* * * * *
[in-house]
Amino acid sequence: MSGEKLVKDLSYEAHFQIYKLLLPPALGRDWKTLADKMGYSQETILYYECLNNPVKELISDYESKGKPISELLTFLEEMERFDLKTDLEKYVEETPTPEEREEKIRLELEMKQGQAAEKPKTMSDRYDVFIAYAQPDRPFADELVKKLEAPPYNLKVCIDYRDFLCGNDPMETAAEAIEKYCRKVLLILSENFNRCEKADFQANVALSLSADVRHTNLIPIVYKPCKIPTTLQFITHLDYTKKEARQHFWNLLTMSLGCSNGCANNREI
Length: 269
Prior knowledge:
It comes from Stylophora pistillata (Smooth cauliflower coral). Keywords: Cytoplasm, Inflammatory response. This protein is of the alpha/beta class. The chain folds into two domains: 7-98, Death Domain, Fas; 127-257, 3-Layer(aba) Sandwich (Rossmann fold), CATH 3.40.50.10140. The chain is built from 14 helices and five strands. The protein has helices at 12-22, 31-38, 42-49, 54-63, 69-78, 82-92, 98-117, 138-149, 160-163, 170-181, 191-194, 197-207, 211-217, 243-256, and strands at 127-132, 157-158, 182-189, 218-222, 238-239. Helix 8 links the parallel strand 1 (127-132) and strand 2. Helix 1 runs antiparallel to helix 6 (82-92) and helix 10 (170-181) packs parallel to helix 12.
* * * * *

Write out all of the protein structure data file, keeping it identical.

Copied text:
[in-house]
Amino acid sequence: MSGEKLVKDLSYEAHFQIYKLLLPPALGRDWKTLADKMGYSQETILYYECLNNPVKELISDYESKGKPISELLTFLEEMERFDLKTDLEKYVEETPTPEEREEKIRLELEMKQGQAAEKPKTMSDRYDVFIAYAQPDRPFADELVKKLEAPPYNLKVCIDYRDFLCGNDPMETAAEAIEKYCRKVLLILSENFNRCEKADFQANVALSLSADVRHTNLIPIVYKPCKIPTTLQFITHLDYTKKEARQHFWNLLTMSLGCSNGCANNREI
Length: 269
Prior knowledge:
It comes from Stylophora pistillata (Smooth cauliflower coral). Keywords: Cytoplasm, Inflammatory response. This protein is of the alpha/beta class. The chain folds into two domains: 7-98, Death Domain, Fas; 127-257, 3-Layer(aba) Sandwich (Rossmann fold), CATH 3.40.50.10140. The chain is built from 14 helices and five strands. The protein has helices at 12-22, 31-38, 42-49, 54-63, 69-78, 82-92, 98-117, 138-149, 160-163, 170-181, 191-194, 197-207, 211-217, 243-256, and strands at 127-132, 157-158, 182-189, 218-222, 238-239. Helix 8 links the parallel strand 1 (127-132) and strand 2. Helix 1 runs antiparallel to helix 6 (82-92) and helix 10 (170-181) packs parallel to helix 12.